In 1900 Maillol began work on his first major sculpture, a Seated Woman for which his wife posed, which was later named La Méditerranée. The first version (New York, MOMA), finished in 1902, was very close to his model. He noted, however, that it was not sufficient ‘to have a model and to copy it. No doubt nature is the foundation of an artist’s labours…. But art does not lie in the copying of nature’ (Puig, 1965). Thus he resumed work and the definitive version was exhibited at the Salon d’Automne of 1905. He wanted the only meaning of this sculpture to reside in its formal beauty. With his acute sensitivity to form, he tightened the composition, which had been developed from a single viewpoint, into an almost perfect cube, simplifying the contours in the process. The sobriety and perfection of the form and gravity of La Méditerranée struck Octave Mirbeau and Maurice Denis as well as André Gide, who wrote (1905) of its ‘silence’. All three saw Maillol as a classic artist in the mould of Cézanne.

These qualities also attracted two collectors: Count Harry Kessler (Graf Henry Kessler) ordered a marble version of La Méditerranée (Winterthur, Samml. Oskar Reinhart) as early as 1905 (the French state did not do so until 1923: Paris, Mus. d’Orsay) and bought several bronzes, among them the Young Cyclist (1907) and Desire (1905–7). In 1908 Kessler took Maillol to Greece and c. 1910 commissioned woodcut illustrations for a new edition of Vergil’s Eclogues. The initial letters for the Eclogues, which was privately published in Weimar by Kessler in 1926–7, were cut by the English artist Eric Gill. Later books with woodcuts or lithographs by Maillol include Daphnis and Chloe (1937) by Longus and Paul Verlaine’s Chansons pour elle (1939). The Russian collector Ivan Morosov, his other patron, bought the first bronze cast of Pomona (example Paris, Jardin Tuileries) and commissioned three other figures in gilded bronze: Flora, Spring and Summer (all Moscow, Pushkin Mus. F.A.). Although Maillol did not altogether abandon painting, he increasingly concentrated on sculpture. Night (1909) was followed by Flora and Summer (1911), Ile de France (1910–25), Venus (1918–28), Nymphs of the Meadow (1930–37), the Memorial to Debussy (marble, 1930–33; Saint-Germain-en-Laye) and Harmony (1944), all of which are composed and harmonious nude female figures that contrast sharply with his unusually dynamic Action enchaînée (1905–8) and Mountain (1937).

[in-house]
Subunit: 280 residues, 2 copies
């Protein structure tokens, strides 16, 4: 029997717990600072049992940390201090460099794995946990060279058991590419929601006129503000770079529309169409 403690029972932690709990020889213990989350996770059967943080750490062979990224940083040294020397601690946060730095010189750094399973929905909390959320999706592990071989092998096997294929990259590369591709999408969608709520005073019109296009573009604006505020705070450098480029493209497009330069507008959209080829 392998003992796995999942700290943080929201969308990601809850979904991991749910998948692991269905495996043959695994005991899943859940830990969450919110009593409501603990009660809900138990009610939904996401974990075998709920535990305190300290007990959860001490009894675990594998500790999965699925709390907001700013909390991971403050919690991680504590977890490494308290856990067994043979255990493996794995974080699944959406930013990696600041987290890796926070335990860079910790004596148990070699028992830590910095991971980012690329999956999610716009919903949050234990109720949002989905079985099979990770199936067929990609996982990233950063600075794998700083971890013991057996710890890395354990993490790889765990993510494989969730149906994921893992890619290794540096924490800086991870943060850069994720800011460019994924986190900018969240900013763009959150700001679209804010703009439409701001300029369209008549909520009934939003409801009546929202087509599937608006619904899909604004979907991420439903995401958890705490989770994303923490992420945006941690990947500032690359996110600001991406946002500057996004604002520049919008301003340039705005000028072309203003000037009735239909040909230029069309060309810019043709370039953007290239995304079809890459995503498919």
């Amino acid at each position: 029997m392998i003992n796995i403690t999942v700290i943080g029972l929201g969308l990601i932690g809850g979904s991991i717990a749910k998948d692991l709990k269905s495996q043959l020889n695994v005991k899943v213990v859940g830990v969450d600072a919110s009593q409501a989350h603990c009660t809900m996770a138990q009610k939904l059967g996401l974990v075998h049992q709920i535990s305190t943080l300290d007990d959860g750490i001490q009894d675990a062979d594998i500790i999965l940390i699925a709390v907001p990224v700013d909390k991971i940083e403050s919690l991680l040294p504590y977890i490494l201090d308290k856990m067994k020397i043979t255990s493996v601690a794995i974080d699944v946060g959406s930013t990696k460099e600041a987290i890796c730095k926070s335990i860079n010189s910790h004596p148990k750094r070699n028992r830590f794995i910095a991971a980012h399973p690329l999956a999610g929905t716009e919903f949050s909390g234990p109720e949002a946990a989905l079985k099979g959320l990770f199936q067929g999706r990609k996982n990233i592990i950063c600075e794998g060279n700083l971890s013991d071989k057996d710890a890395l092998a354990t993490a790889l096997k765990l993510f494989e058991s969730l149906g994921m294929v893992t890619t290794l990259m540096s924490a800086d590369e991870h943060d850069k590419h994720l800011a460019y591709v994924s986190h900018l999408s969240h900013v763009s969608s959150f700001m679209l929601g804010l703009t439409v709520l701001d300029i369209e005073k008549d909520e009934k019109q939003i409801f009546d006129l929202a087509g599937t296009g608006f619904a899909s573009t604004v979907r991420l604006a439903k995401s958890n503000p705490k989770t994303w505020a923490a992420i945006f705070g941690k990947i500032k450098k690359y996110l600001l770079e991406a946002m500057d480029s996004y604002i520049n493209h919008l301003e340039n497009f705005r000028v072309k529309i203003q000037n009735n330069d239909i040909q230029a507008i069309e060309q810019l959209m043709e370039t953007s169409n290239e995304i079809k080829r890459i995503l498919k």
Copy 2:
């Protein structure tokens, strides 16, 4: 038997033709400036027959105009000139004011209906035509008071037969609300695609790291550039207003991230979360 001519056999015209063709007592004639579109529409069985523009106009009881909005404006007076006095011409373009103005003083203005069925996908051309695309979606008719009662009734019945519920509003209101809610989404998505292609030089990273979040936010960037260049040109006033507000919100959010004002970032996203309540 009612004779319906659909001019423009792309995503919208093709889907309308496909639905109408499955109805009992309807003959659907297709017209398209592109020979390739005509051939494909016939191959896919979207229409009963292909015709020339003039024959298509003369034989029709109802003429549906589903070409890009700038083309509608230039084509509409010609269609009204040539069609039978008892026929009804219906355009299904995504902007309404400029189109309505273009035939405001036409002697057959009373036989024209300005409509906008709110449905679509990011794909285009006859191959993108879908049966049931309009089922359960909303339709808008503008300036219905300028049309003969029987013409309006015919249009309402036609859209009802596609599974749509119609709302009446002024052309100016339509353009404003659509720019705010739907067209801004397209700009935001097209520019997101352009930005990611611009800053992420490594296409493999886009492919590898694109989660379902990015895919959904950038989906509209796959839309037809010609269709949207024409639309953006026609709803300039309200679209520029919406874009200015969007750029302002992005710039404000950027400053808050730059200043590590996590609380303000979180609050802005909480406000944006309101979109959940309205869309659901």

Maillol was commissioned to execute a number of monuments, the first of which was poorly received. As part of the memorial to the revolutionary Louis-Auguste Blanqui the Action enchaînée was erected at Puget-Théniers, Alpes-Maritimes, despite protests from municipal councillors that it was too extreme. In 1925 the town of Aix-en-Provence refused the memorial to Cézanne (stone; Paris, Mus. d’Orsay), which a committee of artists headed by Frantz Jourdain had commissioned in 1912. Maillol also sculpted several war memorials. Three bas-reliefs were designed in the form of a triptych for the town of Banyuls (1933); of those memorials in the Pyrénées-Orientales, the Douleur (1922) in Céret is less original, echoing La Méditerranée, while the figures at Elne (1921) and Port-Vendres (1923) are recognizable as draped versions of Pomona and the memorial to Cézanne. The latter, reassembled after a sketch model of c. 1900, was also to serve as a point of departure for Air (1939; stone), part of the Monument to Airmen at Toulouse.

Maillol’s work is widely distributed in the form of bronzes and lead casts. In 1964–5, 18 large bronzes were placed in the Jardins du Carrousel, Paris, thanks to the initiative of André Malraux and Dina Vierny, Maillol’s last model.

Antoinette Le Normand-Romain
From Grove Art Online

© 2009 Oxford University Press